And you may also recognize this pastry-esque posture, which has recently been coined “catloaf” (one word) by Internet cat chatters due to its uncanny resemblance to baked bread:

Photo by Zeemeeuw via Wikimedia Commons

Awwwww (human version of the purr) …

Delightfully, there’s a creative baker in Yorkshire, England, known as Lou Lou P, who decided to put her own knack for kneading to work (on dough, of course, not blankets or bellies) in purrsuit of a purrfect catloaf, as edible as it is adorable.

“I’m cat mad. I have five moggies of my own, all rescue kitties,” Lou Lou P told ABC News. “I love the ‘catloaf’ expression, so one evening I just had to see if I could bake it for real. Thus, catloaf was born, simple as that.”

The result is so darned darling that one would hardly know whether to snuggle it or butter it.

Photo courtesy of Lou Lou P’s Delights on Facebook

Not that Lou Lou is new to the craft of baking up cuteness. The virtual shelves of her Lou Lou P’s Delights Facebook page are filled with too-sweet-to-swallow treats,

from gussied-up Guinea Pig Rolls:

Photo courtesy of Lou Lou P’s Delights on Facebook

to delightful Hippo Dumplings wallowing in a glorious stew:

Photo courtesy of Lou Lou P’s Delights on Facebook

Now, in case you’re desperate to make catloaves of your own (and I know you are), you’ll be pleased as pie to know that Lou Lou has lovingly shared instructions in a step-by-step guide via Good Morning America.

I do hope you’ll share pictures of your lovely loaf litters on the Farmgirl Connection (free to a good home?) … wishful thinking!

 

 

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Glamping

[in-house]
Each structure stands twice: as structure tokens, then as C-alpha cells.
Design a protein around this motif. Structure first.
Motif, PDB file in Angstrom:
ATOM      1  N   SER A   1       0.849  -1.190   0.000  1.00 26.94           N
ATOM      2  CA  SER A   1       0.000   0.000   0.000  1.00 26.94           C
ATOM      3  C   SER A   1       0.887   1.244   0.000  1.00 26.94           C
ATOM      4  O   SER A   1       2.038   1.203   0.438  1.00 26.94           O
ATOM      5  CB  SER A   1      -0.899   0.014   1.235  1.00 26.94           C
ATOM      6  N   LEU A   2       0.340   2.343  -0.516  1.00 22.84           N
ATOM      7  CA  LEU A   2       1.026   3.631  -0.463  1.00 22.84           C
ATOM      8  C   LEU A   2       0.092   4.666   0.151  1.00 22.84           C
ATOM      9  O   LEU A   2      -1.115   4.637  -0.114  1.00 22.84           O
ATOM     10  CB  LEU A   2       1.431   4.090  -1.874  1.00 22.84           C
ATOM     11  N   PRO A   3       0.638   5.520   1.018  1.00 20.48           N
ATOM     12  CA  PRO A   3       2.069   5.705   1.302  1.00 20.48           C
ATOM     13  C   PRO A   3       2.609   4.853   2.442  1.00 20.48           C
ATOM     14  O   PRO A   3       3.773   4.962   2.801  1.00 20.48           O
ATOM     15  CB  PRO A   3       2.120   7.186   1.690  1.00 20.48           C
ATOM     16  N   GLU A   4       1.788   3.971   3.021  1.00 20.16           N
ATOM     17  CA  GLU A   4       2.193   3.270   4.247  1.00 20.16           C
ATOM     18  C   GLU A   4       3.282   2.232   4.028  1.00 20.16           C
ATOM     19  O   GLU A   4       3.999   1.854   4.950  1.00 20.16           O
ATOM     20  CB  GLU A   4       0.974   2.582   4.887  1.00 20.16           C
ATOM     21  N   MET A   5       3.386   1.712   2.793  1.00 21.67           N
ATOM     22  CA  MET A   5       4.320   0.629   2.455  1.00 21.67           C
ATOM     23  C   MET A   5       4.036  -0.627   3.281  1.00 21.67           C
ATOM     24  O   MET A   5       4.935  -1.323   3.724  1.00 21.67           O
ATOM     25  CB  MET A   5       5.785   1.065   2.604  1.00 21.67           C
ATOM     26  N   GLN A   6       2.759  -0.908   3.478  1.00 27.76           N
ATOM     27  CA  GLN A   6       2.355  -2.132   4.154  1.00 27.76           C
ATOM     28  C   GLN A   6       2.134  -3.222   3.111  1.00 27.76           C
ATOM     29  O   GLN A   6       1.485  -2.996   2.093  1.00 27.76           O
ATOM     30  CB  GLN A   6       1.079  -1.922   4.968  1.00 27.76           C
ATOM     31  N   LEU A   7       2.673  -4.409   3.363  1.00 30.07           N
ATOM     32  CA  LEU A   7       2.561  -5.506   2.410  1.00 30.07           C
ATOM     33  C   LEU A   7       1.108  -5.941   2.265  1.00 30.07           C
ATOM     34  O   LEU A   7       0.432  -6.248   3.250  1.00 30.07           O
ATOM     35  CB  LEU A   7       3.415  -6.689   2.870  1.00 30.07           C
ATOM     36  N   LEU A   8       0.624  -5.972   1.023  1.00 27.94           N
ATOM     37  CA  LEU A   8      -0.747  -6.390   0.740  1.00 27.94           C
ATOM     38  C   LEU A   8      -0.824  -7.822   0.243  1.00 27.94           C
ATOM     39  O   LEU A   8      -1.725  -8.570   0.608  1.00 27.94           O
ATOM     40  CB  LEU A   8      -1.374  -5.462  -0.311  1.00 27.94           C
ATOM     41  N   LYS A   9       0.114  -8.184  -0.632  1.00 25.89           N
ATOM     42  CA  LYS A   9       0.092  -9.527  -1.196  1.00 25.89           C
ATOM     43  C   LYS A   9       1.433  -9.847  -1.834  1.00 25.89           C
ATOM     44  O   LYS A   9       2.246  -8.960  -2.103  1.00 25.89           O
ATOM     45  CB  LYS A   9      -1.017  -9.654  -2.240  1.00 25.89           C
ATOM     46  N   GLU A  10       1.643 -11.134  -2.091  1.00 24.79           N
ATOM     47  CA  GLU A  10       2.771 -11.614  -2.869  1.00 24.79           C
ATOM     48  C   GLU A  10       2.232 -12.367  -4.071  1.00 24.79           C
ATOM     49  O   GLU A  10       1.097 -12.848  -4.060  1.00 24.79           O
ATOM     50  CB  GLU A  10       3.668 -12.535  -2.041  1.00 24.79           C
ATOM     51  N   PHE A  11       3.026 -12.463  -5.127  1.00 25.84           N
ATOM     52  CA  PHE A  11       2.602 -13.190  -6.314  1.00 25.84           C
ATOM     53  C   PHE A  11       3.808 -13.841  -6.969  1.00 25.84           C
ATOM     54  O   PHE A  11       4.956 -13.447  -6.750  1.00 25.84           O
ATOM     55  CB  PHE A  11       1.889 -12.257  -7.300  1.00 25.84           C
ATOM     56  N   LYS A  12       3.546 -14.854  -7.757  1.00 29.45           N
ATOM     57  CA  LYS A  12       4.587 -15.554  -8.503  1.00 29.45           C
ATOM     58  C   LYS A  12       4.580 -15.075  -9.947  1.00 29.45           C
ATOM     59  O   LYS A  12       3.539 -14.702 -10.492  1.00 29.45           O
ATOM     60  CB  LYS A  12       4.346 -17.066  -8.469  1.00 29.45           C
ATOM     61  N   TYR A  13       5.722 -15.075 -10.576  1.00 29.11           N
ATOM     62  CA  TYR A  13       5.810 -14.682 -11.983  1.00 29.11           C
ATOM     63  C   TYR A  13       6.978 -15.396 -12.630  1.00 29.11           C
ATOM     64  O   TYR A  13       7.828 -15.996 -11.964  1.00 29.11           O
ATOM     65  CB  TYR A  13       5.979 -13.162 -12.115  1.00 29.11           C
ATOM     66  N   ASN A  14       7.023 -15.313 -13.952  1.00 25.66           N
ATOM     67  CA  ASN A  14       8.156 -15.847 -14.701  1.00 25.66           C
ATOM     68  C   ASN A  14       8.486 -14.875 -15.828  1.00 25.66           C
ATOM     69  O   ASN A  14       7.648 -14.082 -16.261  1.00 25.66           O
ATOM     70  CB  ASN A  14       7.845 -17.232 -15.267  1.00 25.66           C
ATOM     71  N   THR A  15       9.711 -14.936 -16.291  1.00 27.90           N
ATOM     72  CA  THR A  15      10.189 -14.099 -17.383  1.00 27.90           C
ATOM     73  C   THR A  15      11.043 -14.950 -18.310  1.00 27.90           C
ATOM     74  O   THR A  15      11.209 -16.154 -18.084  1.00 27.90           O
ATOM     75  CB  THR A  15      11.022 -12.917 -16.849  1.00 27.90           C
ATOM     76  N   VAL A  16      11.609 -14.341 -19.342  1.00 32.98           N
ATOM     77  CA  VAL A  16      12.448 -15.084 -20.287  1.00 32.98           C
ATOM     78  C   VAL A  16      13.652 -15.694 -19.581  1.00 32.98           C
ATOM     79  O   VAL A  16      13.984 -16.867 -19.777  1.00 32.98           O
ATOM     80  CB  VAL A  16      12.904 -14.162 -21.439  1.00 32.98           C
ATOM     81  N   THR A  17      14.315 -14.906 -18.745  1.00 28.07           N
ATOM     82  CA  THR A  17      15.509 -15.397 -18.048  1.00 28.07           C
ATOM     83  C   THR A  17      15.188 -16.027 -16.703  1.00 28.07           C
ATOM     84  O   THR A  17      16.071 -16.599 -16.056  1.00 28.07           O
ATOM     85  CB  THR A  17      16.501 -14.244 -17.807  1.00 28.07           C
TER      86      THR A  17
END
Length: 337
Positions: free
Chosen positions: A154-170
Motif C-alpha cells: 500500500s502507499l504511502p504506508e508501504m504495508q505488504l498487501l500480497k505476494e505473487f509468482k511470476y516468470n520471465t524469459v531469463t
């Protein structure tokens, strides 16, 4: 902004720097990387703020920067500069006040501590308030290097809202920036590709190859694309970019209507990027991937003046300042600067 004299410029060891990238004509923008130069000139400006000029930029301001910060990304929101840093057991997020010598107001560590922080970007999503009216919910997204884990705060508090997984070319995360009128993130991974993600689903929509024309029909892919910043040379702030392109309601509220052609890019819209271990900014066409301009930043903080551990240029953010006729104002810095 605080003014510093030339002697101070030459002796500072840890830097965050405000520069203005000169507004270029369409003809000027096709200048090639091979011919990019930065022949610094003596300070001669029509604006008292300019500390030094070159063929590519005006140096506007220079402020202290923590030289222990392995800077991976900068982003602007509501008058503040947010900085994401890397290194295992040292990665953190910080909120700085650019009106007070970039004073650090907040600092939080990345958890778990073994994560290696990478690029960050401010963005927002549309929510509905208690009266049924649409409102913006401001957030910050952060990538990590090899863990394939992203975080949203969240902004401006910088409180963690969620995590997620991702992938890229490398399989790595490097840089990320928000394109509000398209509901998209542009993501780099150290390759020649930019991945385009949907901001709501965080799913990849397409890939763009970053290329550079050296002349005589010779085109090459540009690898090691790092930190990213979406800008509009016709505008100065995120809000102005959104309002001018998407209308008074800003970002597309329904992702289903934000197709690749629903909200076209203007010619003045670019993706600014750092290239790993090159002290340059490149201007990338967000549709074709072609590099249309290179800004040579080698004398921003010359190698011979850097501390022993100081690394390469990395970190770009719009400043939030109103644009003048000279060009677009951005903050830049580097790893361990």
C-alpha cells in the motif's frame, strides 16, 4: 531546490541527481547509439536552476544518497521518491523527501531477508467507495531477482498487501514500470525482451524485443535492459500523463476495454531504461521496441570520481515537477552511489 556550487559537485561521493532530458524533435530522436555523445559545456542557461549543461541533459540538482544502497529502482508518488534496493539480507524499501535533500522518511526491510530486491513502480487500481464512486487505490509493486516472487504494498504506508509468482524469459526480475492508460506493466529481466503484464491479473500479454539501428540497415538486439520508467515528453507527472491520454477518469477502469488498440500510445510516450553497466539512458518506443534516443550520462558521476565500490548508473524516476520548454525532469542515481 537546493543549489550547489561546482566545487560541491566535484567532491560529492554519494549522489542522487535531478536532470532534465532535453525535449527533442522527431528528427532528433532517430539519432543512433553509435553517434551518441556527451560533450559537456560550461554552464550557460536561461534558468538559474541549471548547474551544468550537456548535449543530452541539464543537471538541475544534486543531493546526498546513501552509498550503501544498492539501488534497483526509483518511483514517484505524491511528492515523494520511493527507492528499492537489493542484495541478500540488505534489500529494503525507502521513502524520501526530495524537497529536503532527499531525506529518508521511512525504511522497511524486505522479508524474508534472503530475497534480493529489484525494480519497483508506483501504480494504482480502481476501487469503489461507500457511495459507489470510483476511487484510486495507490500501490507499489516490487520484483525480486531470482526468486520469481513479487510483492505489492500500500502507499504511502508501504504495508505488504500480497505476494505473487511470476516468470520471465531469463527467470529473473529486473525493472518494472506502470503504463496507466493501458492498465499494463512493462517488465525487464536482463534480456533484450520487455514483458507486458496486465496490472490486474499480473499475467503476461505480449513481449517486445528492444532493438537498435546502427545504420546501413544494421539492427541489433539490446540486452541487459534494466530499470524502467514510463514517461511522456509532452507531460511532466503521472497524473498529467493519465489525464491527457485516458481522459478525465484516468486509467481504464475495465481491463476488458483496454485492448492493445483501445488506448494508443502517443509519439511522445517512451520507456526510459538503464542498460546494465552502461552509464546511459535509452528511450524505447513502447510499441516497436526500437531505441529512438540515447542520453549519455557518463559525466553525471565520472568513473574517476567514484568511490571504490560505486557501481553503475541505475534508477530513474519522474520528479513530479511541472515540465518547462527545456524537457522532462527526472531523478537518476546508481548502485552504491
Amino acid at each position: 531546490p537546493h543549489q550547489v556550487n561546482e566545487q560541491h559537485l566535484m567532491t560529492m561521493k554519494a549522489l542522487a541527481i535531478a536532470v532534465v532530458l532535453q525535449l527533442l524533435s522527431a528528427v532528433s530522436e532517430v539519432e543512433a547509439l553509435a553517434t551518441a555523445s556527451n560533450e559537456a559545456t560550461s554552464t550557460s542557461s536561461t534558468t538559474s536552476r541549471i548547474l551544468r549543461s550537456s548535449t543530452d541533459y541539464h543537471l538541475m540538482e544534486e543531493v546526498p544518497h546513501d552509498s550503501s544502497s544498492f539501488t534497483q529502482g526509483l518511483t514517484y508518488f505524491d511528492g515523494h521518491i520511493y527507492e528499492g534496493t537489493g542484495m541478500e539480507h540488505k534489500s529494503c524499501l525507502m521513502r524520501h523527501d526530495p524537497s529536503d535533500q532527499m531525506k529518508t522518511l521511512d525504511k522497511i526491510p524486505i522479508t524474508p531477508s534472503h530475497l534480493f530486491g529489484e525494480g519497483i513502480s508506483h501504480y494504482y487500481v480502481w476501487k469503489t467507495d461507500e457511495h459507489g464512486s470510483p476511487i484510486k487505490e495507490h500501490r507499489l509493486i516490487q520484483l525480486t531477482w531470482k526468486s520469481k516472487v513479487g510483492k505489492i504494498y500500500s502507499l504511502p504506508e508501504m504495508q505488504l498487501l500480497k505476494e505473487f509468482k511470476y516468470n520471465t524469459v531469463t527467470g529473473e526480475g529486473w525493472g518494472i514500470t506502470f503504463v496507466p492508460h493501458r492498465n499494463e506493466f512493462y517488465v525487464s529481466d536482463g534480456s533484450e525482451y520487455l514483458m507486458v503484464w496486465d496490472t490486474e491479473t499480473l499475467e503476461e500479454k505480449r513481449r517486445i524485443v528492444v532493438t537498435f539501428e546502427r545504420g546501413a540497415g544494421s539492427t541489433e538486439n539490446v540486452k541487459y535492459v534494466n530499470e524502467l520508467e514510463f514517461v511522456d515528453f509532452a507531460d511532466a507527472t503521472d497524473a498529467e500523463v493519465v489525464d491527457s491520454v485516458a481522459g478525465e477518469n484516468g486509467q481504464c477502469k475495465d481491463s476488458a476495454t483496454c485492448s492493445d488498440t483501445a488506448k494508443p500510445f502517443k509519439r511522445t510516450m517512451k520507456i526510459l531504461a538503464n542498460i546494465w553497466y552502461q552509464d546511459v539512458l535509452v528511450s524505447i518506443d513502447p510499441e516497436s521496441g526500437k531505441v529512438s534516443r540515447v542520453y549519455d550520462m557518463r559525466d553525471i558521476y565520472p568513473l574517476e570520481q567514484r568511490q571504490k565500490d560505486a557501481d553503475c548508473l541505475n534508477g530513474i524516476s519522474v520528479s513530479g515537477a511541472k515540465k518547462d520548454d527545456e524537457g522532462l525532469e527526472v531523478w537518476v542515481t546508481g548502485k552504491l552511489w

We took our Tabitha on an excursion.

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We stayed next door to NannyJane and Grandpa with Uncle Brian and Aunt Ashley and their kiddos just down the lane in the Forest Service campground we stayed in. I’m sure you’ll be seeing many more pics of NannyJane’s new glamper, but I’m sneaking you a peek for now.

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The grandparents brought the good stuff. Plenty of tomatoes from the garden, and every granddaughter needs a s’more!

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WINNER!!! Giveaway: “Farm Girl Vintage, The Experiment”

The winner of my “Farmgirl Vintage, The Experiment” giveaway is: Michele DiMeo, who said:

“I get so excited when the magazine is in the mailbox, and I know I can relax for a little and enjoy some quiet reflection. I feel a connection to MaryJane; she must be after my own heart. I used to live in the mountains in Colorado and now enjoy my mini-farm/garden in Oregon. MaryJane, and the magazine that represents her lifestyle, are inspiration to my heart; we must be kindred spirits. I love seeing how she went from modest beginnings to embracing a full abundant life, obviously living life to the fullest. Just an aside note: I too am about the same age as MaryJane and embrace my long blonde hair. Thanks for being an inspiration!”

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And the original post for the GIVEAWAY was (thank you to the 134 inspirational farmgirls who left such heartfelt comments about how inspirational my magazine is!):

In the Aug/Sept issue of MaryJanesFarm, “The Experiment” (on newsstands July 14), we led you here to my daily journal for a chance to win a free copy of the quilting book, Farm Girl Vintage, by Lori Holt.

Rooted in sweet remembrance of childhood days on her family’s farm, Lori’s Farm Girl Vintage boasts a bumper crop of farm-fresh projects, including nearly 50 quilt blocks with ultra-cute designs like Mama Hen, Apron Strings, Milking Day, Baby Chick, and Pie Cherries, whose step-by-step instructions you’ll find inside the book. And that fabulous quilt on the cover? It’s Lori’s signature Farm Girl Sampler Quilt, comprised of 45 of Lori’s blocks. You’ll also find instructions for more quilts, table runners, and potholders. Find even more inspiration on Lori’s blog at BeeInMyBonnetCo.blogspot.com.

For a chance to win a free copy of Farm Girl Vintage, tell me how MaryJanesFarm inspires you in the comments below. We’ll toss your name in a hat and draw one lucky winner in mid-September, when the Aug/Sept issue expires on newsstands. Stay tuned for more magazine-related giveaways!

If you’re not yet a subscriber to MaryJanesFarm, subscribe here for $19.95 for one year.